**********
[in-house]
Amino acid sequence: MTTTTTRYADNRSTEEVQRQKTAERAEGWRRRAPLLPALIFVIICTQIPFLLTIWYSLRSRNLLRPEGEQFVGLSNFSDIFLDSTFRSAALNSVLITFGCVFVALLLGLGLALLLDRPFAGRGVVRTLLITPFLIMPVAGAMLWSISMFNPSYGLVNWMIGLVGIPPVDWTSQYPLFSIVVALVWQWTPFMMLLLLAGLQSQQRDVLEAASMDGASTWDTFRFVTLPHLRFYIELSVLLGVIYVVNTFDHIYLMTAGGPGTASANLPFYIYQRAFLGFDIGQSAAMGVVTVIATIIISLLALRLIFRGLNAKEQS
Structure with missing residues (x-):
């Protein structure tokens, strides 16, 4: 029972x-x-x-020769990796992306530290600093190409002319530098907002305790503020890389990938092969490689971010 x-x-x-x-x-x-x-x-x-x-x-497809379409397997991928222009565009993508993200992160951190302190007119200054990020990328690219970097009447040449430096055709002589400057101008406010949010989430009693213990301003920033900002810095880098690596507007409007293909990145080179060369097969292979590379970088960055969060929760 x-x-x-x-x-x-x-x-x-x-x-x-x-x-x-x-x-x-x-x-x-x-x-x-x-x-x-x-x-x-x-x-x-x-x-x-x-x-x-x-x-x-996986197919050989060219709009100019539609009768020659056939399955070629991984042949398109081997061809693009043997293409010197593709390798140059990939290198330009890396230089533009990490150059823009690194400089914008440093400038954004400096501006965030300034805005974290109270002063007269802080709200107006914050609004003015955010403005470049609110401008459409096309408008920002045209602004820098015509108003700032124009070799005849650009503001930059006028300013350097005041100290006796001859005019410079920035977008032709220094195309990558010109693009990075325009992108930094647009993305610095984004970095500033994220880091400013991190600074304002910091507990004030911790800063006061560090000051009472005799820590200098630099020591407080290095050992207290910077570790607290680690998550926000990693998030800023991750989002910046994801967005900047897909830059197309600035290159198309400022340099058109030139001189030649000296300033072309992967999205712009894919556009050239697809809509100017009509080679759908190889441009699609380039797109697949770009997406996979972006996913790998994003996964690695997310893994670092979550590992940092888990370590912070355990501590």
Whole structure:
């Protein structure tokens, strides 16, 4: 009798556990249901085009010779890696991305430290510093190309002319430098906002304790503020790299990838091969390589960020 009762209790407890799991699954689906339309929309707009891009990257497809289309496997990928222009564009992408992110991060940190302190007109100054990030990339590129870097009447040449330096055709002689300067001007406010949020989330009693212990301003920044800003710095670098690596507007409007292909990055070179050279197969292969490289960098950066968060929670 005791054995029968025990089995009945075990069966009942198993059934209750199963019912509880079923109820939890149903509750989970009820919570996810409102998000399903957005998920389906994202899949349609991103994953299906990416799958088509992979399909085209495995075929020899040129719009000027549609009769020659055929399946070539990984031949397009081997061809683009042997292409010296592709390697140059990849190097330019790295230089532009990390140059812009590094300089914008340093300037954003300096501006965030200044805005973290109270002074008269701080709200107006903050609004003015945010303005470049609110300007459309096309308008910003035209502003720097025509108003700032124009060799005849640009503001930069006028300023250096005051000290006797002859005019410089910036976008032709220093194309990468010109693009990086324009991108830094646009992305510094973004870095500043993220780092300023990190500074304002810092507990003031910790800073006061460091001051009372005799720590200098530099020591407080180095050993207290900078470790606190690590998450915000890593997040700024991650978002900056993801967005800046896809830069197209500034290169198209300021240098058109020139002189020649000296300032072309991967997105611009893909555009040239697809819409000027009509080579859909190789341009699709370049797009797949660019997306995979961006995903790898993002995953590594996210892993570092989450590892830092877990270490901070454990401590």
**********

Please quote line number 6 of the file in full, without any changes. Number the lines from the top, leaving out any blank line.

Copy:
């Protein structure tokens, strides 16, 4: 009798556990249901085009010779890696991305430290510093190309002319430098906002304790503020790299990838091969390589960020 009762209790407890799991699954689906339309929309707009891009990257497809289309496997990928222009564009992408992110991060940190302190007109100054990030990339590129870097009447040449330096055709002689300067001007406010949020989330009693212990301003920044800003710095670098690596507007409007292909990055070179050279197969292969490289960098950066968060929670 005791054995029968025990089995009945075990069966009942198993059934209750199963019912509880079923109820939890149903509750989970009820919570996810409102998000399903957005998920389906994202899949349609991103994953299906990416799958088509992979399909085209495995075929020899040129719009000027549609009769020659055929399946070539990984031949397009081997061809683009042997292409010296592709390697140059990849190097330019790295230089532009990390140059812009590094300089914008340093300037954003300096501006965030200044805005973290109270002074008269701080709200107006903050609004003015945010303005470049609110300007459309096309308008910003035209502003720097025509108003700032124009060799005849640009503001930069006028300023250096005051000290006797002859005019410089910036976008032709220093194309990468010109693009990086324009991108830094646009992305510094973004870095500043993220780092300023990190500074304002810092507990003031910790800073006061460091001051009372005799720590200098530099020591407080180095050993207290900078470790606190690590998450915000890593997040700024991650978002900056993801967005800046896809830069197209500034290169198209300021240098058109020139002189020649000296300032072309991967997105611009893909555009040239697809819409000027009509080579859909190789341009699709370049797009797949660019997306995979961006995903790898993002995953590594996210892993570092989450590892830092877990270490901070454990401590």